Palestinian and Israeli delegations are preparing to return to Cairo late Saturday to continue indirect talks to reach a long-term ceasefire agreement before the current temporary truce expires.
The head of the Palestinian Fatah movement’s delegation, Azzam al-Ahmad, told Ma’an that the new negotiations session would begin on Sunday.
Sources close to the delegation told Ma’an that there is a “real chance for … a permanent ceasefire agreement after the five-day ceasefire ends” at 11:59 p.m. on Tuesday.
Islamic Jihad officials have said in recent days that the chances for a major agreement at the end of the five-day ceasefire are high.
Meanwhile, Ismail Radwan, a Hamas leader, said that the Islamist movement would refuse to delay talks on a seaport and airport as the Egyptian mediators had previously suggested, emphasizing that the re-opening of the two along with lifting of Israel’s eight-year siege were key demands of the Palestinian negotiations team.
The Egyptian government persuaded both sides late Wednesday to adhere to a new five-day ceasefire, extending an earlier three-day agreement in order to allow more time to thrash out a longer-term truce.
It got off to a rocky start with Palestinian rocket attacks and Israeli air strikes, but Saturday marked a sixth day of relative quiet following more than a month of fighting that has killed more than 1,980 Palestinians –mostly civilians — and 67 — mostly soldiers — on the Israeli side.
The Palestinian delegation has insisted that any long-term truce include the end of Israel’s eight-year siege on the Gaza Strip, release of dozens of prisoners whom Israel has re-arrested that were released in 2011 as part of the Shalit exchange, re-opening of a seaport and airport in Gaza, and creation of a safe passage between the West Bank and the Gaza Strip.
The demands are consistent with the terms of the Oslo Accords signed between Israel and the Palestinians in the 1990s, but which Israel has failed to abide by amid its refusal to consider direct negotiations of any kind with Hamas, which it considers a terrorist group.
Israeli authorities have not directly responded to Palestinian demands but have suggested they would be open to easing the blockade, and previously stressed that a long-term agreement should include the demilitarization of the Strip.
Palestinian militant groups have scoffed at this demand, pointing out that it was Palestinian fighters who prevented the full-scale infiltration and re-occupation of Gaza by Israeli forces in recent weeks.
‘Return to Status quo is Not an Option’
The European Union welcomed the ceasefire in Gaza and said it was ready to expand a police mission in Rafah, on the border with Egypt, and train Palestinian Authority customs personnel and police for redeployment in Gaza.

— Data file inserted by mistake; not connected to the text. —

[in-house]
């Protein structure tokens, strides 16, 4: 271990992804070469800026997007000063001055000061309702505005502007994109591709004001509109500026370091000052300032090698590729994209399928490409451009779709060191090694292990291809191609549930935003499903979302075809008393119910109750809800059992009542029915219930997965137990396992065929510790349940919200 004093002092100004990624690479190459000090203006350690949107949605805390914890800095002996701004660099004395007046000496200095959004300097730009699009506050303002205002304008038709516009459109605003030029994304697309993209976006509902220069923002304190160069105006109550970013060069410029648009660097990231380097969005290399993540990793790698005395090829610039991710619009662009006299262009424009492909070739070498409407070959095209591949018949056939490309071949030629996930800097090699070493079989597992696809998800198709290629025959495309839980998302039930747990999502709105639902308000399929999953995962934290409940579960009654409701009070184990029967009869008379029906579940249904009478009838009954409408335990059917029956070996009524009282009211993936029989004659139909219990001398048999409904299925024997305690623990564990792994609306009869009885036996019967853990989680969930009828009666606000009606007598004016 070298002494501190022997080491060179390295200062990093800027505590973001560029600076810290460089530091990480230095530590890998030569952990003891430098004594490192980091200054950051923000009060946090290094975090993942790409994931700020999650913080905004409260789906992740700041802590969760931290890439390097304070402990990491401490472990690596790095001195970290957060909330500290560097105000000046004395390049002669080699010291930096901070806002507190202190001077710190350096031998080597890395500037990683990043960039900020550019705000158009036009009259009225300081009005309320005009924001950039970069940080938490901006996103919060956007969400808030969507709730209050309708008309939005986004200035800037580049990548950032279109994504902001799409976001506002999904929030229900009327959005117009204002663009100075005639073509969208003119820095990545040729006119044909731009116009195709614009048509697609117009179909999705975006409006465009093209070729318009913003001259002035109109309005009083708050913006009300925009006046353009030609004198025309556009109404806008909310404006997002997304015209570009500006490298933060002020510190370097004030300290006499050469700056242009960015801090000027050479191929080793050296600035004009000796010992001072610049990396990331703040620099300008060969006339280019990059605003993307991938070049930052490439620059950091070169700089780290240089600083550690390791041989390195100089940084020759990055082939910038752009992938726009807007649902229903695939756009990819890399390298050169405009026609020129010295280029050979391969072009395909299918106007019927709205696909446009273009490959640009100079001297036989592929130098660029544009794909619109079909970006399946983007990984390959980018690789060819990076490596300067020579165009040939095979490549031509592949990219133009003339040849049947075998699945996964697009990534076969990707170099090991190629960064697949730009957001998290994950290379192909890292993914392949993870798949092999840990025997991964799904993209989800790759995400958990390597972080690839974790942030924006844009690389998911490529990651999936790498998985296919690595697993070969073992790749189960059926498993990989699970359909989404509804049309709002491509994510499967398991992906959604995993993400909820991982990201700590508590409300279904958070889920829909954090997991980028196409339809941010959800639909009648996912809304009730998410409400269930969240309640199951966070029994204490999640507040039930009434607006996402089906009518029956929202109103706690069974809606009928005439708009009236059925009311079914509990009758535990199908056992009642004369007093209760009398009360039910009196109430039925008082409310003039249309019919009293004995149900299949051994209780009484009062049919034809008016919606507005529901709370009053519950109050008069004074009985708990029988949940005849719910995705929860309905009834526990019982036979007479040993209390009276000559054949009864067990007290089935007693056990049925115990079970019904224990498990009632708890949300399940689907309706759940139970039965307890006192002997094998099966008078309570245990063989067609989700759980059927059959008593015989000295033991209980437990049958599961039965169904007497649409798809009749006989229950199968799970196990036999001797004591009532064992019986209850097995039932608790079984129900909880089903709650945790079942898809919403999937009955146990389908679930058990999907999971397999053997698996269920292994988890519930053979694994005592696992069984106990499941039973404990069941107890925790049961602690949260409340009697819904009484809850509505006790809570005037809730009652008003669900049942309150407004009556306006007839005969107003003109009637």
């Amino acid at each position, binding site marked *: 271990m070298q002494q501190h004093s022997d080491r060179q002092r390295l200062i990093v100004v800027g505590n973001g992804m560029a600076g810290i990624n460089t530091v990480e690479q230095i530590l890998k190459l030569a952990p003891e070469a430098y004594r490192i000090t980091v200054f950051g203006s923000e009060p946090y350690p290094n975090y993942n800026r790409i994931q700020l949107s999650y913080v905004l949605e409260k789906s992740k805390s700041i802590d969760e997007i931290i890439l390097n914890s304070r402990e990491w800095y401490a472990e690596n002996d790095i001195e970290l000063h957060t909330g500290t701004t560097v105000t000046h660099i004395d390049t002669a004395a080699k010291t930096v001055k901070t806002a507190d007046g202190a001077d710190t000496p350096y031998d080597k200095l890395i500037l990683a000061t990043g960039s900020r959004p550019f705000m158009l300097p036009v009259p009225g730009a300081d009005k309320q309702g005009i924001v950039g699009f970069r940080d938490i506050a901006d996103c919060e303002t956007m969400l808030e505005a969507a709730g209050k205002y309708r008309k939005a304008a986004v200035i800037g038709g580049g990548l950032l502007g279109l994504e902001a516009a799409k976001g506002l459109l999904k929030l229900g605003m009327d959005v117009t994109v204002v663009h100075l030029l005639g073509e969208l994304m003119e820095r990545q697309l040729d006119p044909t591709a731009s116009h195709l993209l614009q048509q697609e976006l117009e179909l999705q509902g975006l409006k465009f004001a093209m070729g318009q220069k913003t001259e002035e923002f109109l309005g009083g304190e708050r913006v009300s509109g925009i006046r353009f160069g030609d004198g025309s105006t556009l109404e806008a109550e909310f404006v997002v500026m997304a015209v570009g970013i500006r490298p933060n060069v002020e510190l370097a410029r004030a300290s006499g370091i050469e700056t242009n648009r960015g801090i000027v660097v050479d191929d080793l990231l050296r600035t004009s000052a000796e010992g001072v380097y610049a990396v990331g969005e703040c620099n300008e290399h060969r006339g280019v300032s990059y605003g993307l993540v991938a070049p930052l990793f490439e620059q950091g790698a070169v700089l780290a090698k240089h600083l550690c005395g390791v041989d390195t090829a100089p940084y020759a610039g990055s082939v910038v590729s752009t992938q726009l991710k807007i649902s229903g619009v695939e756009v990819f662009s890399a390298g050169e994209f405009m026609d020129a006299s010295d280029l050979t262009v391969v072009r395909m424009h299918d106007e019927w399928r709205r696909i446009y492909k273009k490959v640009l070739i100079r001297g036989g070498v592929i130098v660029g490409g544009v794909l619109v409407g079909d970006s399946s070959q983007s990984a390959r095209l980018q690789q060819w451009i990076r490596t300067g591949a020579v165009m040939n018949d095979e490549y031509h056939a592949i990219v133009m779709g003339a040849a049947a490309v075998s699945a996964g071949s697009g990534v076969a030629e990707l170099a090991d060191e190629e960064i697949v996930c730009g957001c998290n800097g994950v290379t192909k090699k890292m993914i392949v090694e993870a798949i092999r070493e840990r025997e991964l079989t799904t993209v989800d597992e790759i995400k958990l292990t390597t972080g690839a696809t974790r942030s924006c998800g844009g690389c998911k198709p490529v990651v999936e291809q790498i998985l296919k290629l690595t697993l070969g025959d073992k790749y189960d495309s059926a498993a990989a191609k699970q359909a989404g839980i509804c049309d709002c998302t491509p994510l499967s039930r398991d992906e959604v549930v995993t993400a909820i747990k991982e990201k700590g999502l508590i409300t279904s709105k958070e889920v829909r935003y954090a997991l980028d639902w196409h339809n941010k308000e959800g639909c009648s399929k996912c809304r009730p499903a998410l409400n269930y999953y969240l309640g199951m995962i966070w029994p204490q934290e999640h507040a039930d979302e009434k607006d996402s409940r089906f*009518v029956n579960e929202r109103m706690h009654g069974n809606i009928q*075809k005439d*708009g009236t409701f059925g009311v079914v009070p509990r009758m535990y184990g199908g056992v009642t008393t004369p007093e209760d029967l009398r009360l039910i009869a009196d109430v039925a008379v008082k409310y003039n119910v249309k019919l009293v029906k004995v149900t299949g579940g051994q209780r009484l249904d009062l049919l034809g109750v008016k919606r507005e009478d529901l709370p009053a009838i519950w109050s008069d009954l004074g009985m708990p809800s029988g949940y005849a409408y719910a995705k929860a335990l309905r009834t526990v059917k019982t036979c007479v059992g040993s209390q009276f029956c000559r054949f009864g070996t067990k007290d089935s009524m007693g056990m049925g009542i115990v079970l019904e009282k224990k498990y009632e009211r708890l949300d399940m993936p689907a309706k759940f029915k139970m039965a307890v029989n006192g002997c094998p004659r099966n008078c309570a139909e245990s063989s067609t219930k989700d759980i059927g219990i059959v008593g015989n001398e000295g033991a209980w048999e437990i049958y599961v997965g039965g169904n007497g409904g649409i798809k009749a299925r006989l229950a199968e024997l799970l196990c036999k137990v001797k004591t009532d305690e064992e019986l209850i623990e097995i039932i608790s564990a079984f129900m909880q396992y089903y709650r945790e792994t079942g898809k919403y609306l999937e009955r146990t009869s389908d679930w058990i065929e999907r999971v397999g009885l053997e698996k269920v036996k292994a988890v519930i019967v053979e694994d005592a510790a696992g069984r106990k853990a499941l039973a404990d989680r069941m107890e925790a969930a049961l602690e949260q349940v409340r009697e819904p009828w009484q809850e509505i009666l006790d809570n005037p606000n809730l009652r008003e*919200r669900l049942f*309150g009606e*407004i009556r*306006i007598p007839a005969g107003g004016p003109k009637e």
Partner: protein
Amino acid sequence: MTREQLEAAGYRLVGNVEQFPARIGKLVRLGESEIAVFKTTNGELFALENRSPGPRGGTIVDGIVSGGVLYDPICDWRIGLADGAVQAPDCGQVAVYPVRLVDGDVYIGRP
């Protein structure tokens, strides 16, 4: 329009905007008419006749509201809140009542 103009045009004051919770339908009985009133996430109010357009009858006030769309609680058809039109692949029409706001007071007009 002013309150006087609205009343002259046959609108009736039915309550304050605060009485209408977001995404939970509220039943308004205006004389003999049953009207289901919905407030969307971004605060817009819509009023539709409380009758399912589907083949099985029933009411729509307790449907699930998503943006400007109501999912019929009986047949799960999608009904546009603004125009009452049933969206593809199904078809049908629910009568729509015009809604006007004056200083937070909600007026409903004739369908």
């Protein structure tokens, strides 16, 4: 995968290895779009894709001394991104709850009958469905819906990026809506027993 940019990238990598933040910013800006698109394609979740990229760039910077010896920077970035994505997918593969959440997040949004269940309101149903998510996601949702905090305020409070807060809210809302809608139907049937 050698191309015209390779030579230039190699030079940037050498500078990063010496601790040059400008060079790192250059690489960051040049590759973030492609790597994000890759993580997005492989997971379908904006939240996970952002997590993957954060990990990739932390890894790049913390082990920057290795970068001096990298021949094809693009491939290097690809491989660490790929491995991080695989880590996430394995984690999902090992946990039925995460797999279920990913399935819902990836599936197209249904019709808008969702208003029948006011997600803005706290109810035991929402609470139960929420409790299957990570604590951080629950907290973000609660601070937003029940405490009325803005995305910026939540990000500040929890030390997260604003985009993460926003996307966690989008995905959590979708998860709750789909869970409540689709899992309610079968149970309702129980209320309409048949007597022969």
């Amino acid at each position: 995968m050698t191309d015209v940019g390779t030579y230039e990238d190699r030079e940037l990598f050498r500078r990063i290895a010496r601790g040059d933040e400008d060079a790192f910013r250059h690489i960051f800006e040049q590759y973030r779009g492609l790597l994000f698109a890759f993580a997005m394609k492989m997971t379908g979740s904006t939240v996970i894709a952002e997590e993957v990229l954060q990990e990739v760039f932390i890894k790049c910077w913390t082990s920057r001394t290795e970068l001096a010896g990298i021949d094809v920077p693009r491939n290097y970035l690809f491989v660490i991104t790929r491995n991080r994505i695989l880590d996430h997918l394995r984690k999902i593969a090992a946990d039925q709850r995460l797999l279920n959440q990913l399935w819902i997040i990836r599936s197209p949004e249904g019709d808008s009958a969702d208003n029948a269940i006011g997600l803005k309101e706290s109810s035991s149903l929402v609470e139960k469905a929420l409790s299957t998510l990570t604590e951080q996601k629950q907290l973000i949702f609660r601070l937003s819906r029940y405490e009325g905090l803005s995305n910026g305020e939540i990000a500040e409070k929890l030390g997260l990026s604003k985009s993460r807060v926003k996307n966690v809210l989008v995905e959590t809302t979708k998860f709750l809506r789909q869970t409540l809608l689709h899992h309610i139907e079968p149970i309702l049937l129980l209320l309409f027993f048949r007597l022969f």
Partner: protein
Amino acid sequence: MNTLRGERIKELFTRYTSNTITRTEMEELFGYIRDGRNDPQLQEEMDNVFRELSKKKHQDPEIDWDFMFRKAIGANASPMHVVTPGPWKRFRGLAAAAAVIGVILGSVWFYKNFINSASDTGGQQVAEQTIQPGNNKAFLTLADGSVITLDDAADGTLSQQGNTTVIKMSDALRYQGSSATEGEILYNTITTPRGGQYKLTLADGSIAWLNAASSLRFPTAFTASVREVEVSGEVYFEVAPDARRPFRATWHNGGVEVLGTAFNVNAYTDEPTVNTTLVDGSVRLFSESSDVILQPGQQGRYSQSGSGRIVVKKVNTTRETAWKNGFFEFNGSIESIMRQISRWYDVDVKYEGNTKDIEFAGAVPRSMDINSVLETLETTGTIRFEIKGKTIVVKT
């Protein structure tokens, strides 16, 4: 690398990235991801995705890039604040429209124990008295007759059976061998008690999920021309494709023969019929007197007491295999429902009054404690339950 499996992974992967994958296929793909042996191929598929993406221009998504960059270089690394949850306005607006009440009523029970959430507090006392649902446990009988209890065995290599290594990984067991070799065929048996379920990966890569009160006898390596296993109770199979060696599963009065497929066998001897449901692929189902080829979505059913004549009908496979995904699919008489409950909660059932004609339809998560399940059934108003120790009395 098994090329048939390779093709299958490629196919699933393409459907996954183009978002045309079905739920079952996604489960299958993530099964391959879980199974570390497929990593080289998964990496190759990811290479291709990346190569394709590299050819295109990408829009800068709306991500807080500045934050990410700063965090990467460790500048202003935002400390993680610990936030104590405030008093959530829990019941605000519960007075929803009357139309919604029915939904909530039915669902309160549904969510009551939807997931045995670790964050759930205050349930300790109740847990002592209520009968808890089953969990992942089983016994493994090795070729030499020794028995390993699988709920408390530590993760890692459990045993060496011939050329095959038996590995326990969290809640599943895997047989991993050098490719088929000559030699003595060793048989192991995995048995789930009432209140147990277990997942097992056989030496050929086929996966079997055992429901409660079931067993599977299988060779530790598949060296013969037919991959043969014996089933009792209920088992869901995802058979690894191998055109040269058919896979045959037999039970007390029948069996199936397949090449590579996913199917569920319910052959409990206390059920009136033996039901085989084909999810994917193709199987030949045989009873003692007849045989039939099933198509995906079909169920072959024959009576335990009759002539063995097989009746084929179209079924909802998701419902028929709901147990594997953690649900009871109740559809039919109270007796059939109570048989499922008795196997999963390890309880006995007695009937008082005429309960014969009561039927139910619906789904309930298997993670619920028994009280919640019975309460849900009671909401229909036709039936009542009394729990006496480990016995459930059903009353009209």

“A return to the status quo prior to the latest conflict is not an option,” said the Council of the EU on Friday following a foreign ministers’ meeting in Brussels.
It said EU police would monitor the transit of supplies needed for Gaza reconstruction and try to prevent weapons from being smuggled into the territory.
A mission of 70 European police officers was set up at the crossing point in 2005, tasked with monitoring movements of people, goods, and vehicles at Gaza’s only window to the outside world that bypasses Israel.
But it was suspended two years later after Hamas was elected to power in the Gaza Strip.
The EU said a durable ceasefire must be accompanied by lifting closures on Gaza and called on militant groups in the territory to disarm.
The Israeli foreign ministry welcomed the call for disarmament — one of Israel’s main demands at Cairo truce talks.
“Commitment to the principle of demilitarization, to be implemented by an effective mechanism, will insure a fundamental change of the situation,” it said.
Israel has thus far refused to countenance any major reconstruction effort without full demilitarization.
Lifting the Blockade
Azzam al-Ahmad, who heads the Palestinian delegation at Cairo talks, told AFP on Saturday he was quietly optimistic that an agreement for a longer-term truce could be reached.
“We have high hopes of reaching an agreement very soon, before the end of the truce, and perhaps even, very quickly, for a permanent ceasefire,” he said.
But Hamas spokesman Sami Abu Zuhri insisted that there could be no return to peace without a lifting of Israel’s eight-year blockade of the beleaguered coastal enclave.
“We can reach an agreement if the Israeli side accepts all the demands of the unified Palestinian delegation, in particular the end of any aggression against our people, the war on Gaza, and the complete lifting of the siege,” Abu Zuhri said.
The Israelis have spoken little in public about the negotiations.
With demands seemingly irreconcilable, the Egyptian mediators and both sides will have their work cut out to hammer out a wording for each side to be able to present as some kind of achievement.
Israel refuses to deal directly with Hamas, although the Islamist movement is part of the Palestinian delegation that also includes Islamic Jihad and the Palestinian Authority of President Mahmoud Abbas.
Talks on Sunday are expected to resume on the basis of an Egyptian proposal, seen by AFP, which calls for a lasting ceasefire beyond Monday midnight, and new talks on the thorniest issues, including demands for a seaport and airport in Gaza, to begin in a month’s time.
Negotiations about handing over the remains of two dead Israeli soldiers, allegedly held by Palestinian militants, in exchange for the release of Palestinian prisoners in Israeli jails would also be postponed, according to the document.
A buffer zone along Gaza’s border with Israel would be gradually reduced and guarded by Palestinian Authority security teams.
(Ma’an and Agencies – www.maannews.net)